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European utilities give priority to reducing power plant pollution

European utilities give priority to reducing power plant pollution

Douglas J. Smith

Managing Editor

In 1993, Finland`s Ministry of Trade and Industry allocated 82 percent of its research funds to research on environmental technology, renewable energy and energy conservation. Finland currently exports around (US)$60 million of equipment annually to other countries to reduce pollution. In addition, Finland itself has spent millions of dollars on installing flue gas desulfurization systems to its coal-fired power plants. Investments in environmental technology make up 20 to 25 percent of the price of new coal-fired power plants in Finland.

Because of concerns about polluting the environment, Finland has set up a technology research program to fund research into environmental problems connected with the use of energy. Under this program researchers are working on developing solutions for reducing emissions from the production of electricity and the environmental impacts from the production and use of wood and peat. They are also looking at reducing pollution from the transportation sector. A major objective of the program is to develop cost-effective technology solutions for reducing emissions.

Sweden is controlling its emissions of SO2, CO2 and NOx through a combination of economic measures and the setting of strict emission standards. On the economic side Sweden has imposed a carbon tax on the use of fossil fuels, a tax on sulfur emissions and a so-called environmental charge on NOx emissions from power plants. They also have very stringent emission standards.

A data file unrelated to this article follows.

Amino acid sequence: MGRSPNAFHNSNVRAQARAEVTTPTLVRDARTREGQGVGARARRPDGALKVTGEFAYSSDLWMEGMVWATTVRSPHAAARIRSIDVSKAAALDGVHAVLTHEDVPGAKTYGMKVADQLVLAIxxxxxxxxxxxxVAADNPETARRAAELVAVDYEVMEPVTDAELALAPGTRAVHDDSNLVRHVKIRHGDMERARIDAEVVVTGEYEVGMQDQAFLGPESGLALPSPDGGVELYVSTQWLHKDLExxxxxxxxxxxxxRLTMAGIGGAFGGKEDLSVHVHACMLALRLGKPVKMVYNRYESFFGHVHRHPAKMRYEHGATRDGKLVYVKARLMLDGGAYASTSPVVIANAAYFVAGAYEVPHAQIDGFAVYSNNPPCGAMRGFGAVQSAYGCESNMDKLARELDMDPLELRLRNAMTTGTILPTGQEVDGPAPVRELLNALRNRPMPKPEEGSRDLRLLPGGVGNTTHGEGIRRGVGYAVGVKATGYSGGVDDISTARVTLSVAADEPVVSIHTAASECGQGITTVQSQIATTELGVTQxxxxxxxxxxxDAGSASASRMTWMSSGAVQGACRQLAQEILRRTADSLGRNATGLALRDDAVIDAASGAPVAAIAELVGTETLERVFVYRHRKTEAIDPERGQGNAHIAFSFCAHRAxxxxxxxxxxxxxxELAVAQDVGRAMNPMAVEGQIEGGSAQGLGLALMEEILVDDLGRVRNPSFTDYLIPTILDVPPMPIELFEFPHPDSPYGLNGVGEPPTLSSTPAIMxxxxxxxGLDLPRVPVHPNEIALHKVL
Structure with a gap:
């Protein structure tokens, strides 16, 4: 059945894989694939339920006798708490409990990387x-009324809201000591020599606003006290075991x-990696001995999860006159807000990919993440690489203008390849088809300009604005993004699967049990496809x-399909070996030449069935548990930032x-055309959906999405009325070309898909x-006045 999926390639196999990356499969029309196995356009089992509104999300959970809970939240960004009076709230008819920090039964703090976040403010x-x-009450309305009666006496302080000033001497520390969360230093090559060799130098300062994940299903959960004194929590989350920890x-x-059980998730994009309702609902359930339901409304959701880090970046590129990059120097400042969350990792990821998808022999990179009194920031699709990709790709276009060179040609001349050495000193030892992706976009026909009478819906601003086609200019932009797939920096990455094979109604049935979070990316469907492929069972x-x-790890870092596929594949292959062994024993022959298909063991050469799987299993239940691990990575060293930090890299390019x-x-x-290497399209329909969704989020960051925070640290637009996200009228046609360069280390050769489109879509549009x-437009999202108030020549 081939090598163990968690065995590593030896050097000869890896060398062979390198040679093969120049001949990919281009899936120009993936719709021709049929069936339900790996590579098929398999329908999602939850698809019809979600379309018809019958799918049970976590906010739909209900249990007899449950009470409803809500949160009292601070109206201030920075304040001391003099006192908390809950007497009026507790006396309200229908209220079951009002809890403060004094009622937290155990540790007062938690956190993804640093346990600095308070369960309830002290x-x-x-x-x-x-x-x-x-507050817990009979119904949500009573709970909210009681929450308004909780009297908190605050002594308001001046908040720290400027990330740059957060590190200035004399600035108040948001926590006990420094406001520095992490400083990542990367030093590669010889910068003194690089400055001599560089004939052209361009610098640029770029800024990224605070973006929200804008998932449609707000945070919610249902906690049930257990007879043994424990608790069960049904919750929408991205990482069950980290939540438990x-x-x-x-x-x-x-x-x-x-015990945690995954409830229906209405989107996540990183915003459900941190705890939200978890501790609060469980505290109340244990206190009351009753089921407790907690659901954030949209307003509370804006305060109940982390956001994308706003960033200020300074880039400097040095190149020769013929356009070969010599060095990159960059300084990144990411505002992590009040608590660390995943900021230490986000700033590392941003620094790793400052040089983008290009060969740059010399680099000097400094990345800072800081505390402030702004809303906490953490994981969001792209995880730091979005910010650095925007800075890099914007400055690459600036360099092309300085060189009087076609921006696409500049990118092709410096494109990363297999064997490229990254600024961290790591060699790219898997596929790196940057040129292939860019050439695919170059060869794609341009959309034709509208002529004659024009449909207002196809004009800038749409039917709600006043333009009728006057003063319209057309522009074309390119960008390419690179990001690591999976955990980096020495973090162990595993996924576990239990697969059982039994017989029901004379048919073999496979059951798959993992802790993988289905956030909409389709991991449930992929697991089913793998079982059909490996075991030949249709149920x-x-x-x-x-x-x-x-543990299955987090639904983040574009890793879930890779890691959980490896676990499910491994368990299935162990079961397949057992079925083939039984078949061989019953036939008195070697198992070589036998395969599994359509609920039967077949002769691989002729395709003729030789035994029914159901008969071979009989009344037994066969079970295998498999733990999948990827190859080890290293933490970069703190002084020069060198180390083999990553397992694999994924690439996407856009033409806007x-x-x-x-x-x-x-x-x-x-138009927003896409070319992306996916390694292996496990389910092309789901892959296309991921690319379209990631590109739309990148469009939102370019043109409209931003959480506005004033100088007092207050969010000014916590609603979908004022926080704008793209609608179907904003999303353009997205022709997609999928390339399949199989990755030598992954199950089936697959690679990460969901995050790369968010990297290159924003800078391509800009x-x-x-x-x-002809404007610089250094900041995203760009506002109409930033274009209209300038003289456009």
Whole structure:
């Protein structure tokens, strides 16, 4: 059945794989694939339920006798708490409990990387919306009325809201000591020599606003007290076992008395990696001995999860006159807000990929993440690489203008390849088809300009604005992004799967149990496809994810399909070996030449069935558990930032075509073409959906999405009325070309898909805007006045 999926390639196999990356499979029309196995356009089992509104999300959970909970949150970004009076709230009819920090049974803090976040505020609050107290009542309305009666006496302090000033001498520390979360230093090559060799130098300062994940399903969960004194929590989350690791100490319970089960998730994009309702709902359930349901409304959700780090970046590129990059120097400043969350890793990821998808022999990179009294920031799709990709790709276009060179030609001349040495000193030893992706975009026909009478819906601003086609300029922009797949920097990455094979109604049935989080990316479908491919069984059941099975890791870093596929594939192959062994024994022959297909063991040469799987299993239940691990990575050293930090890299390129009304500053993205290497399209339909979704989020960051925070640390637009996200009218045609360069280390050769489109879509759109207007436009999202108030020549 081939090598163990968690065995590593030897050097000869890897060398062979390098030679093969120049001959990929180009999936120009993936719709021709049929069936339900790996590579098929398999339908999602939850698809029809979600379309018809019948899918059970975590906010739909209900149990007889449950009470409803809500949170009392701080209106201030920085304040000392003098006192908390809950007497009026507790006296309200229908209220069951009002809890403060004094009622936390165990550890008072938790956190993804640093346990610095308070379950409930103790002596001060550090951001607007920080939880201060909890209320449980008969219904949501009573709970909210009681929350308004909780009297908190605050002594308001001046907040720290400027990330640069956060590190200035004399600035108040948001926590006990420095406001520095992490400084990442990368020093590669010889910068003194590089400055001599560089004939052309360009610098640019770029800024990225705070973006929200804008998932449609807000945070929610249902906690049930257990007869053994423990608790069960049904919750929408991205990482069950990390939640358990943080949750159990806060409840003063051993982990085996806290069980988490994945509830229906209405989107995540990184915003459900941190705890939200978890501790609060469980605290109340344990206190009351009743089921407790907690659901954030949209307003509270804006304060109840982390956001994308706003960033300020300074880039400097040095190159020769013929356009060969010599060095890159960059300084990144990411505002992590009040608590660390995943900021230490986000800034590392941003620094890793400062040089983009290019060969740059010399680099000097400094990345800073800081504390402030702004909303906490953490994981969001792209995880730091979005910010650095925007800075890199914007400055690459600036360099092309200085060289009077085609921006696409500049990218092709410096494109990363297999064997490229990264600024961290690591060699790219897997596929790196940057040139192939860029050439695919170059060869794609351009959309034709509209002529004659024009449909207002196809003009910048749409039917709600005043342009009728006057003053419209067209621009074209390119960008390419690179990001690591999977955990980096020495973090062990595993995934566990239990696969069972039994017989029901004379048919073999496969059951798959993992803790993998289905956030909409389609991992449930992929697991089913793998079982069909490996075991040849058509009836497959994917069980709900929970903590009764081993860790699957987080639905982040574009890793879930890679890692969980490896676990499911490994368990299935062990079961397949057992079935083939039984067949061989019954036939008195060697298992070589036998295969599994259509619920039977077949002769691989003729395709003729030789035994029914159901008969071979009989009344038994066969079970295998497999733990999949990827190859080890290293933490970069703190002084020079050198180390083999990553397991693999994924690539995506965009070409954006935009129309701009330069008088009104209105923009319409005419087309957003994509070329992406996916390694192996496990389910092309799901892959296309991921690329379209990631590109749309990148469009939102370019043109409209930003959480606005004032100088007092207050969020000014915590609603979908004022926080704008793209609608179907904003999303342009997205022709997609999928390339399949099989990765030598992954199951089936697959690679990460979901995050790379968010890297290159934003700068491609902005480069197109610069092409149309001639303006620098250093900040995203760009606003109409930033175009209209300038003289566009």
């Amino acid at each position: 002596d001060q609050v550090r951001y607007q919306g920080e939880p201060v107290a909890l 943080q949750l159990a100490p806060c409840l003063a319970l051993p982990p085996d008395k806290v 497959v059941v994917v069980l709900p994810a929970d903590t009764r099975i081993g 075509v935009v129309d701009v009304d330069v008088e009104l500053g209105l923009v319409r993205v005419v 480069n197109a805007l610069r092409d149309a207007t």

Local emissions of NOx and SO2 in the Netherlands, Belgium, Norway, Sweden, Denmark and Finland are very small. However, emissions of these pollutants are increased tenfold when cross-border pollution is included. To reduce cross-border pollution non-members of the European Union (EU) have agreed to adhere to EU minimum requirements for emissions of sulfur, lead and nitrogen oxides into the atmosphere, including those from electric power plants. Although the goals are not legally binding they do serve as a guide for countries who have a need to set up their own emission standards.

For a number of years European governments have been actively debating an energy/carbon tax on fossil fuels. Under the proposal half of the tax would be based on the carbon content of the fuel while the other half would be on its energy content. The aim is to reduce the emissions of CO2 and to improve energy efficiency

Obviously controlling NOx, SOx and other pollutants from electric power plants is necessary. But from an economic point of view, how low should we mandate the limits? If tax laws are written as a way of raising general revenue funds, they will fail. It is my opinion that energy tax laws should be written so that companies have an incentive to reduce pollution, not as a punishment.

In the new competitive electric power market only the most efficient companies will survive, and the more efficient a plant operates the less it pollutes. However, legislators must be careful that they do not burden electric utilities and their customers with excess legislation and/or taxes. Without an expanding electric power industry no country can expect to grow economically.

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